Is Co-operation the Secret to Local TV Success?
Is it just me who is utterly perplexed by the deafening silence that followed the much-publicised letter to Jeremy Hunt, from prospective Local TV licence bidders opposing the government’s Muxco proposal? Why is so much emphasis being placed on the delivery mechanism when local TV should be about deriving revenue from the distribution of engaging, relevant content, not the technology or the platform?
Maybe we need an analogue solution to this digital conundrum. In 1950, 23 European broadcasters got together in a Torquay hotel and laid the foundations of what must be one of the first ever content sharing agreements. Thus the European Broadcasting Union was born – a self-regulating alliance with each member agreeing to provide minimum levels of “free” content and services to the collective – and nothing whatsoever to do with the EU. Using the “virtual” currency of Gold Francs to trade between themselves, membership costs and dividends were subject to a complex but irrefutably fair algorithm that was primarily based on the number of TV sets within each region – in modern day parlance, reach.
So, in the spirit of that hugely successful model, why not create a community or cooperative Muxco – owned by the Local TV licensees on a non-profit basis – to manage the technical and operational facilities required, and to co-ordinate the supply of the myriad of additional obligatory services?
Independent broadcast consultancy Canis Media is working with a number of potential licensees and CEO Ed Hall pulls no punches: “Our clients see this as a straightforward and transparent proposition since it completely removes the thorny issue of yet another entity trying to make a bottom line profit out of these already challenging business models.”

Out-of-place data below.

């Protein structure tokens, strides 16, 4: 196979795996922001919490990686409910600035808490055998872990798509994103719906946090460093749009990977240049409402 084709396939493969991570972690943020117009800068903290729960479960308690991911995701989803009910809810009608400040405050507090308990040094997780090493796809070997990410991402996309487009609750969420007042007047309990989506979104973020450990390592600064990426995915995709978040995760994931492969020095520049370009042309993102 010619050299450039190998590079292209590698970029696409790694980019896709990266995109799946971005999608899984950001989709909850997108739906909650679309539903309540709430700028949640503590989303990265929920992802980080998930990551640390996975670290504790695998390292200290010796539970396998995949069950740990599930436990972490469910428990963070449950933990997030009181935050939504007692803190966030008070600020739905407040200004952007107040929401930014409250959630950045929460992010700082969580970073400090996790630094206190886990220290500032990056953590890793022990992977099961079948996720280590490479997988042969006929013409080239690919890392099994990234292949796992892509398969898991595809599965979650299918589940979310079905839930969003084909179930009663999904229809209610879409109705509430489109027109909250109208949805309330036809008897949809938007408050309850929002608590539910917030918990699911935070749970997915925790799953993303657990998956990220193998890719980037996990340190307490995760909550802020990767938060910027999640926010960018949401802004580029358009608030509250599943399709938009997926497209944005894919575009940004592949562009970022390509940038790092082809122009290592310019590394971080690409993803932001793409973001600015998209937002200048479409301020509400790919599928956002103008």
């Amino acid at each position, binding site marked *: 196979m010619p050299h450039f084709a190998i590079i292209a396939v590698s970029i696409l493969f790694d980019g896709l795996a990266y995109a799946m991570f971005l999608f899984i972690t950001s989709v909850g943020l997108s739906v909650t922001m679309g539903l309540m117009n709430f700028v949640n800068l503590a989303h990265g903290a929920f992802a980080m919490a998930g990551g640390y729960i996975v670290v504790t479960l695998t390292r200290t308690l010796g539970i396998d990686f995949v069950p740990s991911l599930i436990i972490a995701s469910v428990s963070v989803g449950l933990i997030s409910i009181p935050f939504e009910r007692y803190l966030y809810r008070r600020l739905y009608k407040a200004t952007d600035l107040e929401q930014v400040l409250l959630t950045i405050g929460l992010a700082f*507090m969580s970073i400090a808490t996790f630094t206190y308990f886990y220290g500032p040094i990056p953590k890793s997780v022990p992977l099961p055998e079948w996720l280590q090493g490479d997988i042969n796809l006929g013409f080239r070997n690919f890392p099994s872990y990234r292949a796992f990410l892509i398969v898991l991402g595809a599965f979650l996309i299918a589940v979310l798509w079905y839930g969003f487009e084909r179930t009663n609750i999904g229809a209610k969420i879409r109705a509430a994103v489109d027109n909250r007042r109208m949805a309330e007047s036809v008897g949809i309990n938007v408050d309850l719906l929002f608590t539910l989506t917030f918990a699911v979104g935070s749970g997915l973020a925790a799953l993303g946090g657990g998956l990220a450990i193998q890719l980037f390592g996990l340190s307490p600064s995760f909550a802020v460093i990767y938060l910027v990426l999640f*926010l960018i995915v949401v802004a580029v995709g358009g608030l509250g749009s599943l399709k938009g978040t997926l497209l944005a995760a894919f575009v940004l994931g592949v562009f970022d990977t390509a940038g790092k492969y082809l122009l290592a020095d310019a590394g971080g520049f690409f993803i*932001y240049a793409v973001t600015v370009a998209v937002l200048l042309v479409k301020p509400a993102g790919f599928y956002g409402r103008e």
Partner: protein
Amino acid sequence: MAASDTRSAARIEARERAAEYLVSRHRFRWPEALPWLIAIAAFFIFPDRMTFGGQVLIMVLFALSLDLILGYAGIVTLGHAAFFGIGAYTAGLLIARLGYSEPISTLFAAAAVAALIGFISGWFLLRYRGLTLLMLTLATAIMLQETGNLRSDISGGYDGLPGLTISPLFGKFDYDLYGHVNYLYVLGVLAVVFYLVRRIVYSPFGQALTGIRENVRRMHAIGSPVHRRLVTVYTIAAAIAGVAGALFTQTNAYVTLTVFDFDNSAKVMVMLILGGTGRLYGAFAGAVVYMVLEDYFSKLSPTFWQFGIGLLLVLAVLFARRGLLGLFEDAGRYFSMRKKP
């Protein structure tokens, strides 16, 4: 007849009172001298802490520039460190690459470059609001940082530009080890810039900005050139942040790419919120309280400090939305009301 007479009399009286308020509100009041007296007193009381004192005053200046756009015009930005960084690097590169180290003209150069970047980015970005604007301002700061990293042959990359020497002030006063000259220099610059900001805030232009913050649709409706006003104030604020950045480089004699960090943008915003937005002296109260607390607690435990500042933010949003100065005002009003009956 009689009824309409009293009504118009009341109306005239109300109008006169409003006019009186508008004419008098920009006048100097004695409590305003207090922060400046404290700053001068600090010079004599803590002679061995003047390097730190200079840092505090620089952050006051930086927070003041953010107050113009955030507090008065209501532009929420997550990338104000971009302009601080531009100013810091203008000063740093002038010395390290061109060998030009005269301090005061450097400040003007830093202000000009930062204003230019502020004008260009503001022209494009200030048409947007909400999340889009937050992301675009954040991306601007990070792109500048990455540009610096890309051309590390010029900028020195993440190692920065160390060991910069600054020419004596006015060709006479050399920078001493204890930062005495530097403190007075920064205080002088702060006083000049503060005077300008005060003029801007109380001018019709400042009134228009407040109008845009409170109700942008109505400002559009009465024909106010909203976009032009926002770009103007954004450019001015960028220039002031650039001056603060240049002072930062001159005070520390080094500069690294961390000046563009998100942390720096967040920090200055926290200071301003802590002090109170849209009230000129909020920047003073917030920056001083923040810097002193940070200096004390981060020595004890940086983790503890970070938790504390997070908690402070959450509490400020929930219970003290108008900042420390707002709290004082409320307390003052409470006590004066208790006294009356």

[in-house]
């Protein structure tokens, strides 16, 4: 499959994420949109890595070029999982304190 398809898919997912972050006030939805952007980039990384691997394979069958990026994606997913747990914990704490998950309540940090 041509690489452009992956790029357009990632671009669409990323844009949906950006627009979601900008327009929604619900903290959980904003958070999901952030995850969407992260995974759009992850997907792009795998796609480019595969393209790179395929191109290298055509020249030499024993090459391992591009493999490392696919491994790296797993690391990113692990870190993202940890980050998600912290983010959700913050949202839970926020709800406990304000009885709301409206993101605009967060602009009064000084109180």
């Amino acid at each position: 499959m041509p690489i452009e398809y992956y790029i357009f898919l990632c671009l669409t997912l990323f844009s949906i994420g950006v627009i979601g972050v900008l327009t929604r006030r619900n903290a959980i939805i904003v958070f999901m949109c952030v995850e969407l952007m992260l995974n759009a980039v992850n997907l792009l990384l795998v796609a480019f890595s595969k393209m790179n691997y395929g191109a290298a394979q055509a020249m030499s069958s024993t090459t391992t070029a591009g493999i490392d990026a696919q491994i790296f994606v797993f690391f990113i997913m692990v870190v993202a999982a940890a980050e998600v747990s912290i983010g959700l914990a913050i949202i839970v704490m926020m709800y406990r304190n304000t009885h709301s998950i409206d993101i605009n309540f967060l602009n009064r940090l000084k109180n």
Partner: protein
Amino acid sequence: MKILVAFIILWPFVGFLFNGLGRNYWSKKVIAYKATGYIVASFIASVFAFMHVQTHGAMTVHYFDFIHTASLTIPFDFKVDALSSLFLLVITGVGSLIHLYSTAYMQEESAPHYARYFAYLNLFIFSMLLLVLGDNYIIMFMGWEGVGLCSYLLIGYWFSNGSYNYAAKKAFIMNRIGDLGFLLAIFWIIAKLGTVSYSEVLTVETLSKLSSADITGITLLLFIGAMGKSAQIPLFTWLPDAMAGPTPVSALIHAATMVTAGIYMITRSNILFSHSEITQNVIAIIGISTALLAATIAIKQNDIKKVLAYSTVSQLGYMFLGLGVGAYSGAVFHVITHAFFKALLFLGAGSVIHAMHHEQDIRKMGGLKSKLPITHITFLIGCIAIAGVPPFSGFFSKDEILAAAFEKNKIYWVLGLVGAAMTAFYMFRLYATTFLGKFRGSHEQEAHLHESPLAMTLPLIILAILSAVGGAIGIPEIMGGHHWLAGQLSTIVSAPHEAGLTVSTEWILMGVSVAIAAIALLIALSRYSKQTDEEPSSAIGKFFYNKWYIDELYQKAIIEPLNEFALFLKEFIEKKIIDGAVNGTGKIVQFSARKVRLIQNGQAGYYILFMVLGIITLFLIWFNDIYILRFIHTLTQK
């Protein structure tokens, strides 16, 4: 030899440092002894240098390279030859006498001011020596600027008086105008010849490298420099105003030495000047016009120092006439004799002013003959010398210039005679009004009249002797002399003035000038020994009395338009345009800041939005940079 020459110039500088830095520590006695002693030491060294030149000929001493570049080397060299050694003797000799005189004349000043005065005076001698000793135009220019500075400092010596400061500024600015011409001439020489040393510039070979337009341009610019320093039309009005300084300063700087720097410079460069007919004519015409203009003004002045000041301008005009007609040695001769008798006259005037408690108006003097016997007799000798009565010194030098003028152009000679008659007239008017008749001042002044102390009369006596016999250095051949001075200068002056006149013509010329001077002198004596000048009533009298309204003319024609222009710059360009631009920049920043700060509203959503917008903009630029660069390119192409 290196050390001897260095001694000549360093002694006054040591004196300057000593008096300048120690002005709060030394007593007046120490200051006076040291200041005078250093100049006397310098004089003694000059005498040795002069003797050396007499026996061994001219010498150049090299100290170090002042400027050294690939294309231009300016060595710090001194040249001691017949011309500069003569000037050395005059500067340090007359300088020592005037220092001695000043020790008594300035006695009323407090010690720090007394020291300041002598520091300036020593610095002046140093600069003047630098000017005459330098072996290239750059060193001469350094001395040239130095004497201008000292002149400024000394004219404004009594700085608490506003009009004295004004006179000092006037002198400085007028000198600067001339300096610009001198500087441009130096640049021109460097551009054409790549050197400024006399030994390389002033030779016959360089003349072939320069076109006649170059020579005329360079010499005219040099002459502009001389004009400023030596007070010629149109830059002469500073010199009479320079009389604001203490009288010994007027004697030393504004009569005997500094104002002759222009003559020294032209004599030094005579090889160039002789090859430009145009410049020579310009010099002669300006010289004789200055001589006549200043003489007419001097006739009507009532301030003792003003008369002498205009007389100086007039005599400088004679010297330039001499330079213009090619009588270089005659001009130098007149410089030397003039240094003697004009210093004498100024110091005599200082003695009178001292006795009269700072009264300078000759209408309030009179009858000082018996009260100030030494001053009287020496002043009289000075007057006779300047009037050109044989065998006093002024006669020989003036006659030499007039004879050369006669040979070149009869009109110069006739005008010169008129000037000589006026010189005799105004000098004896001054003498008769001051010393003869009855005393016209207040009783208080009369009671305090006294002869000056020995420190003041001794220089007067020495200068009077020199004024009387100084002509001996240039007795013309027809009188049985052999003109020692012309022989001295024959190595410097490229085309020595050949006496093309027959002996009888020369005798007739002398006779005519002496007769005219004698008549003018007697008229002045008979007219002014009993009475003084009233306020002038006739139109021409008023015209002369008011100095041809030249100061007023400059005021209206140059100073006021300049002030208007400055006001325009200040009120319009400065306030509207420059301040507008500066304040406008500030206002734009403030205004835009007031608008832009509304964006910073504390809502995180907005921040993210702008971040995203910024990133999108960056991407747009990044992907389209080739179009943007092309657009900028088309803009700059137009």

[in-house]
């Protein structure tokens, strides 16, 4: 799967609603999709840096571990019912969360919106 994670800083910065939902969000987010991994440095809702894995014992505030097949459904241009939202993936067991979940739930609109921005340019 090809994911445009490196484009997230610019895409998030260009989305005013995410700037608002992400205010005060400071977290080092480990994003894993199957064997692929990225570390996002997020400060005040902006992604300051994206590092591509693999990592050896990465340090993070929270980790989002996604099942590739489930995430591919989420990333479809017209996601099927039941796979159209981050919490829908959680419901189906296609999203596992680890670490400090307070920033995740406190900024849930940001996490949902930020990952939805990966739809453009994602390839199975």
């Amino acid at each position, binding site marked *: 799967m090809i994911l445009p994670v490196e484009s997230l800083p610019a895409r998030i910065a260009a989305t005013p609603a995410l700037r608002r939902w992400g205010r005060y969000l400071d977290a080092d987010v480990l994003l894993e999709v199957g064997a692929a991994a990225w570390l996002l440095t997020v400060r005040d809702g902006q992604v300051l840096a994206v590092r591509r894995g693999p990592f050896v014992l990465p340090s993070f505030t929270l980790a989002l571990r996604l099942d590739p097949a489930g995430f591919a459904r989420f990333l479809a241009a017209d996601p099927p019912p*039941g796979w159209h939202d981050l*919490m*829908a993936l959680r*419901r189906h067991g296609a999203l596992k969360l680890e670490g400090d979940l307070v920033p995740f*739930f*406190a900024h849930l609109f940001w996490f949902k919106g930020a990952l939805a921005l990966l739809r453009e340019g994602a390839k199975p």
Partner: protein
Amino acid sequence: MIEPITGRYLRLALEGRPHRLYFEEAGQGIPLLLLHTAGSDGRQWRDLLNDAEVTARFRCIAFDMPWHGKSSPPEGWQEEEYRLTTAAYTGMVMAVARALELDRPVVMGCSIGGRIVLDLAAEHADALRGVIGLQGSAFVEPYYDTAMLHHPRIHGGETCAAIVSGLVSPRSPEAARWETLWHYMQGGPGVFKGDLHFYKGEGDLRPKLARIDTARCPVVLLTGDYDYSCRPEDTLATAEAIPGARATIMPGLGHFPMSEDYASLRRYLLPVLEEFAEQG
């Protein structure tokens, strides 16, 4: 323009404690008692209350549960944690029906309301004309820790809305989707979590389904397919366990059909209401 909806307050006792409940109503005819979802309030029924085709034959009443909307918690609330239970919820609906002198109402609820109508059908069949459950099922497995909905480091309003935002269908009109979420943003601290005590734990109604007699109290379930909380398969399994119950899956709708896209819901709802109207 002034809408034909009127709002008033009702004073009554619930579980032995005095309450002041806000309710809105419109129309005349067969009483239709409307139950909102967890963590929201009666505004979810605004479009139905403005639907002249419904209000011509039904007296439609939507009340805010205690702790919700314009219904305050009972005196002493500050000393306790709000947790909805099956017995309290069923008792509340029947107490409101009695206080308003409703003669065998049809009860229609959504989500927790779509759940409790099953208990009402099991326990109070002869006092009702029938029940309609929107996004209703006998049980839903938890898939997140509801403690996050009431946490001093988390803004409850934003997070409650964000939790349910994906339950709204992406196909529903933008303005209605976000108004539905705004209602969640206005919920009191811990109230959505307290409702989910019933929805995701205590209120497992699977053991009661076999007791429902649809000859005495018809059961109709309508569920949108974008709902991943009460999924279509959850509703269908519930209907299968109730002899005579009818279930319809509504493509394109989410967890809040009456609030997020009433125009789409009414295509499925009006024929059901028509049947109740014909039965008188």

With the focus firmly on generating revenue to support the initiative, rather than relying on BBC and other Government funding, Hall continues, “operating profits made from the national resale of spare mux capacity to shopping/gaming or programme based buyers, could be distributed amongst the local TV operators on a measured audience or geographic split basis.”
On the subject of audience measurement, since BARB data would likely be unavailable and irrelevant at this micro level, a co-operative would be in a strong position to broker a bespoke media sales currency for Local TV advertisers and sponsors.
Hall has a good point – this community-based, not-for-profit approach appeals to many aspiring local broadcasters, it provides a degree of control and ownership rather than being subject to the terms of a state imposed monopoly supplier. Suddenly this starts to look like a sensible business proposition: it provides revenue for re-investment back into the local TV communities and embraces the spirit of the Big Society initiative by keeping social inclusion at the core of the execution of the UK Local TV plan.
Profits could be even used to promote local TV nationally or even internationally on other platforms. By aggregating the best content from each operator, you could create an extremely powerful – and commercially attractive – TV channel. “UK Today” could be the showcase the Government sorely needs to place brand UK firmly front of mind in a global community. A handy PR tool for the upcoming Olympics.
The UK has arguably the most respected and experienced broadcast community in the world – in part thanks to the BBC – and those aspiring to deliver local TV need to be trusted to do what is right for their region, without unnecessary state interference.
Jeremy Hunt should take one bold step further and allow these experts and stakeholders to truly shine. Not only because if it all goes wrong the finger of blame can be pointed elsewhere, but when it all goes right he can show the world just how good UK TV really is.